As the ways to misuse domain names continue to evolve, trademark owners should consider modernising their anti-cybersquatting practices to adapt to these changes, say David Weslow and Ari Meltzer of Wiley Rein.
Too many exclamation marks are one sign of a fake review says Stuart Fuller, director of communications at NetNames.
The .feedback gTLD provides a new way for consumers to comment on and criticise brands, but not everyone is convinced by its business model. TBO reports.
The rise of vloggers—video bloggers—has attracted the attention of brands. However, despite the benefits an internet celebrity can bring to a brand there are also dangers. Dan Smith and Mathilda Davidson of Wragge Lawrence Graham & Co discuss why now is the time for advertisers to make sure they have their houses in order.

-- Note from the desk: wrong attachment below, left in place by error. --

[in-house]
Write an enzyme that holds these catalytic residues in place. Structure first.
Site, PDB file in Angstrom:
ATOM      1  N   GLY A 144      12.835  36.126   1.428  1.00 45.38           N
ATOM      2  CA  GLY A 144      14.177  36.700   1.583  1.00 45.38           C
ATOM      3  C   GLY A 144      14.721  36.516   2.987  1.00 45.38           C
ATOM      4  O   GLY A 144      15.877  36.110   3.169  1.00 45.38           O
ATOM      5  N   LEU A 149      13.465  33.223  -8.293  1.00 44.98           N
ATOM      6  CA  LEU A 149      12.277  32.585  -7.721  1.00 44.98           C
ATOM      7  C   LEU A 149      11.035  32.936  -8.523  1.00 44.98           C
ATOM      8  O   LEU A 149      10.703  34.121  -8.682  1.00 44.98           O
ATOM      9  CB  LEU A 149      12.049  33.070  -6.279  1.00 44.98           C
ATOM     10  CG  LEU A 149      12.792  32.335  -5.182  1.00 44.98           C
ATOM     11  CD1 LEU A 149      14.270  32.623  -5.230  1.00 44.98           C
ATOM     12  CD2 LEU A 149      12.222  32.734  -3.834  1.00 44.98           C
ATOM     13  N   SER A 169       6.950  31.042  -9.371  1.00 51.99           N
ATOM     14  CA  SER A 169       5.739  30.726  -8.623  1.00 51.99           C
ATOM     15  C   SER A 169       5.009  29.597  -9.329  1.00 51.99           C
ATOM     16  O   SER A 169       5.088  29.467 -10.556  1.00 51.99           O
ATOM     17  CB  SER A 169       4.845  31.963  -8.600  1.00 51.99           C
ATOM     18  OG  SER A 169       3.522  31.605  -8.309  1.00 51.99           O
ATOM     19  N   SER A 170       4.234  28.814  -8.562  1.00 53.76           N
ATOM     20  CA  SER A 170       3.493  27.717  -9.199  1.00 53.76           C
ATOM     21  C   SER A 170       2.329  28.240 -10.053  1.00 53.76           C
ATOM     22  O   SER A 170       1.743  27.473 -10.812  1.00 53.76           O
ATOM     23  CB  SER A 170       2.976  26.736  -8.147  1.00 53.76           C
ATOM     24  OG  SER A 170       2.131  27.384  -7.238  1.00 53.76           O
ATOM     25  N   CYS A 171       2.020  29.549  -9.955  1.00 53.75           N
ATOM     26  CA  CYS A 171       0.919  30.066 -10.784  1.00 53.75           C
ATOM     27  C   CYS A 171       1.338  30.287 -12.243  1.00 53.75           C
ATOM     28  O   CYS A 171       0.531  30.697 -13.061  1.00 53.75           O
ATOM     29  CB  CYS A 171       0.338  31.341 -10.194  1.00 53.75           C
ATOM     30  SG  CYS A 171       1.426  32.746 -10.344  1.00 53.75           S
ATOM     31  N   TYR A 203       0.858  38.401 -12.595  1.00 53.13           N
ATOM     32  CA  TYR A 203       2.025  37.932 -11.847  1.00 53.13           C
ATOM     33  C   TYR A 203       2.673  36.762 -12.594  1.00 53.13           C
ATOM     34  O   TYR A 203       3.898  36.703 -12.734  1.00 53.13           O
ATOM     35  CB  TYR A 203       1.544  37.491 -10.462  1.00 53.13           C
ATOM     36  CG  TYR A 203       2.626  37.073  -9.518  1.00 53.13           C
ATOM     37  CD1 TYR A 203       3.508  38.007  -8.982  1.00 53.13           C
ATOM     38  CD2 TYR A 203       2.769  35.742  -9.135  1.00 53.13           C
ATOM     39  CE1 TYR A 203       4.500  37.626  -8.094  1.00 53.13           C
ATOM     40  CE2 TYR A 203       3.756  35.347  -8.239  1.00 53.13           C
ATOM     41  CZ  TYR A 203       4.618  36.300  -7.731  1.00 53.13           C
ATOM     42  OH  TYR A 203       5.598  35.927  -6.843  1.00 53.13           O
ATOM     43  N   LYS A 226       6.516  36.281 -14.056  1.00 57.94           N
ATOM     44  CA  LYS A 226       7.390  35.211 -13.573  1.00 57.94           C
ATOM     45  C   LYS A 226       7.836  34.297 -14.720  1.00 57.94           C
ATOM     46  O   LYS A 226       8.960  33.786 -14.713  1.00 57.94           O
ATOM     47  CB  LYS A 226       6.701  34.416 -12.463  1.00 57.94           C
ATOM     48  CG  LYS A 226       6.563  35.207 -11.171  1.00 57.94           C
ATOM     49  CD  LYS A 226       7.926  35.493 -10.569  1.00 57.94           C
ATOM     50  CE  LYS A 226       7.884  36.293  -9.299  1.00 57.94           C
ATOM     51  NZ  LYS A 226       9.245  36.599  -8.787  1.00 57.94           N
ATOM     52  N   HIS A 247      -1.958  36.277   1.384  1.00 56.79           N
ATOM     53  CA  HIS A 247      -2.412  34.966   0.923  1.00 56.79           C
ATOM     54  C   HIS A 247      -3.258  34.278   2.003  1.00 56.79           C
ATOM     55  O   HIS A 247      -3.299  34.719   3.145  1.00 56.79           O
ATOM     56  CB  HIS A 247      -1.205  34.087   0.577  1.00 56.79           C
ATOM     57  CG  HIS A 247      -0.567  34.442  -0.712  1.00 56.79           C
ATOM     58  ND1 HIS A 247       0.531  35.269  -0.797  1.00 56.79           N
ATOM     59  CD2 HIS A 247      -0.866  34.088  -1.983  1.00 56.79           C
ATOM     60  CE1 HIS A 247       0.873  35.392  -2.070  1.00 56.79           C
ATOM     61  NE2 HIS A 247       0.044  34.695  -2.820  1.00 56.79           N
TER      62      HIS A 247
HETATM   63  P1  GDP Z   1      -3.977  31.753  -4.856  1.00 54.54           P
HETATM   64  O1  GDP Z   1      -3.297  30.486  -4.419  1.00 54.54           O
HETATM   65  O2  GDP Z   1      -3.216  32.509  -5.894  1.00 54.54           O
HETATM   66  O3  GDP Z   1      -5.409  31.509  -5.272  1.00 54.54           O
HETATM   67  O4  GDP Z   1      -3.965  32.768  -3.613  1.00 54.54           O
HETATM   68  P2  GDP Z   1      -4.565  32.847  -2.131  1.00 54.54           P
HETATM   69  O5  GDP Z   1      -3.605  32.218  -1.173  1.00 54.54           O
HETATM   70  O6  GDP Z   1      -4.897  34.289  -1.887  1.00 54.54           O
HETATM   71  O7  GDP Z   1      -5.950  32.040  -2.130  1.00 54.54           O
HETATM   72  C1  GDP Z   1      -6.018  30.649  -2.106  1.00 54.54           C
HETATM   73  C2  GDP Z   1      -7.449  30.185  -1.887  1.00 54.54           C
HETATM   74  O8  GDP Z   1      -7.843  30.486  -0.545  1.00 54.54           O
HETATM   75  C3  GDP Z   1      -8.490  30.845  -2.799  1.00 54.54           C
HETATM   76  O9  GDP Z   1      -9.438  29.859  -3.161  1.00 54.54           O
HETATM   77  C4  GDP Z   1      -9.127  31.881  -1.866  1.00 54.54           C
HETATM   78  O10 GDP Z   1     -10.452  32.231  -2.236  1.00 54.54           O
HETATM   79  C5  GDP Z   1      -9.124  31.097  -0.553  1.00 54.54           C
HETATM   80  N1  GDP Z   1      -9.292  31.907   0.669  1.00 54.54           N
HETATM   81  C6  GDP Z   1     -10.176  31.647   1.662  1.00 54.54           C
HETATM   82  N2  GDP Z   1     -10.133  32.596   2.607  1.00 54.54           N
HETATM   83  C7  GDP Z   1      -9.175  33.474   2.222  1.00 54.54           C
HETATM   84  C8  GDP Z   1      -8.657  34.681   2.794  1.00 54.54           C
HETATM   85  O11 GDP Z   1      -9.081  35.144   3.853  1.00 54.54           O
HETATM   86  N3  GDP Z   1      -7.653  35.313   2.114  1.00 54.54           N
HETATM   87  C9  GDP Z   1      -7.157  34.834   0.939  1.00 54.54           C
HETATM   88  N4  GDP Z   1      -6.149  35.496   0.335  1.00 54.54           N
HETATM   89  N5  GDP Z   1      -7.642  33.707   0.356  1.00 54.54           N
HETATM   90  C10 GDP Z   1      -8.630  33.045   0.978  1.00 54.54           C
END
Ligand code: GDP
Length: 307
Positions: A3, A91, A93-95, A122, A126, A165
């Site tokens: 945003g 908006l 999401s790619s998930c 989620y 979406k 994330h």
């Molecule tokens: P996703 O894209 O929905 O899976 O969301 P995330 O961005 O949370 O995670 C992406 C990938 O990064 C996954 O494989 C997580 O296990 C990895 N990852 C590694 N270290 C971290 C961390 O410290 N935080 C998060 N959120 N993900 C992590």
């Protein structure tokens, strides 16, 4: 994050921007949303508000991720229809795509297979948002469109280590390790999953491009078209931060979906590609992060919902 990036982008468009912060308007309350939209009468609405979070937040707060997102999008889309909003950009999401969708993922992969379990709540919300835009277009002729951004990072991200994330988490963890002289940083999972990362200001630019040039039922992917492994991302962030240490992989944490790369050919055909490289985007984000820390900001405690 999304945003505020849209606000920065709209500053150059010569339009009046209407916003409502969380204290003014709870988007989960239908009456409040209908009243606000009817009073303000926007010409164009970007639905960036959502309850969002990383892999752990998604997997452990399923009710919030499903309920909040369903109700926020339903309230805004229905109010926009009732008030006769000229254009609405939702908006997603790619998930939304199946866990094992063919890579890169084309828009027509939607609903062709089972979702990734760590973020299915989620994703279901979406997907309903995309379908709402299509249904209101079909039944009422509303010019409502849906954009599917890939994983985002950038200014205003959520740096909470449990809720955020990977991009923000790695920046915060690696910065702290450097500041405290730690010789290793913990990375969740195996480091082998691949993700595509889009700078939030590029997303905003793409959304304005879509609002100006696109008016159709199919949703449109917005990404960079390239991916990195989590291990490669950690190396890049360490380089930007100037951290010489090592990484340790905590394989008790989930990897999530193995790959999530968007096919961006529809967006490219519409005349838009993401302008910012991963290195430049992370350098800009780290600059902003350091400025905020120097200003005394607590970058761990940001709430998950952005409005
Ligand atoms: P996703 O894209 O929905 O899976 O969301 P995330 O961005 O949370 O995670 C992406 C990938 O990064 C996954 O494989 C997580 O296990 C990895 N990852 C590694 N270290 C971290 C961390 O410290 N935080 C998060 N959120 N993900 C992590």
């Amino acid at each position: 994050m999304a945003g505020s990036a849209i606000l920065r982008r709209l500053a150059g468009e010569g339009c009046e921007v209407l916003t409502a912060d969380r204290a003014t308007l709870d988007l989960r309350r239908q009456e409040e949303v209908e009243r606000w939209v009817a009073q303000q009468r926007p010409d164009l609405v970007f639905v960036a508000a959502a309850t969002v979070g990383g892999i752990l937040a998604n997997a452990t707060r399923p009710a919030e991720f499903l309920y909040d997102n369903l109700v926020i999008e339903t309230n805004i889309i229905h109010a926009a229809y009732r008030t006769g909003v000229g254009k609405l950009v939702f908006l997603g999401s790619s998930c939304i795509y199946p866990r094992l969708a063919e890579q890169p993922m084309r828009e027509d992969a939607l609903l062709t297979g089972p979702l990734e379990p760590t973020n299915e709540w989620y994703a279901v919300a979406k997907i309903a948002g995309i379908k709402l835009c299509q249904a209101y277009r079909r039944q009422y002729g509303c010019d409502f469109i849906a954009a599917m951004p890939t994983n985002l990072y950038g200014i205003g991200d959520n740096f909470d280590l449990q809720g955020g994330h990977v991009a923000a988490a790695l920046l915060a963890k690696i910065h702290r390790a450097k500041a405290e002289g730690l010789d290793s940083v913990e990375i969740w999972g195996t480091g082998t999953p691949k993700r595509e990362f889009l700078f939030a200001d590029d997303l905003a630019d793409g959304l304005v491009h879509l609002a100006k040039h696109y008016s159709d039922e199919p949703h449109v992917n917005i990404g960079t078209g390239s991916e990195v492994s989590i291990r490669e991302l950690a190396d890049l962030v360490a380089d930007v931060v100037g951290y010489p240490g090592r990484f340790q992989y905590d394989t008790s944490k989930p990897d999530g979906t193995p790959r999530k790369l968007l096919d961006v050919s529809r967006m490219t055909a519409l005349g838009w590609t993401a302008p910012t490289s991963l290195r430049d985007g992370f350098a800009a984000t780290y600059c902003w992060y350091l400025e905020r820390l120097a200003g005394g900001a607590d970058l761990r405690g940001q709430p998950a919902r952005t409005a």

Trademark parody is a form of art that everybody can relate to, and denying these parody artists would be a serious restriction of our freedom of expression, and also deny the world some hearty laughs. But it must be done with thought and care, says Miikka Timonen of TrademarkNow.
The pricing model for the .sucks gTLD has caused concern for many brand owners, say Flip Petillion of Crowell & Moring and Stuart Fuller of NetNames.
A US appeals court has ruled in a trademark dispute concerning search results on Amazon’s website that the rarely used doctrine of ‘initial interest confusion’ may apply to the case. TBO reports.
Sponsored photographs on Instagram present brands with both opportunities and risks, while unofficial endorsements may also cause them headaches. TBO reports.
Alibaba Group platforms are often at the top of the list of brand-infringing e-commerce websites, says Jan Maarten Laurijssen of Pointer Brand Protection. Here are some tips for how brands can stay safe and detect infringements.
To establish goodwill for a trademark, it is vital to show that the product or service is provided to consumers in the UK and is not simply intended as advertising for a product or service provided elsewhere, as proven by the UK Supreme Court's recent judgment in Starbucks (HK) v Sky. Jeremy Blum and Flora Greenwood of Bristows discuss the case.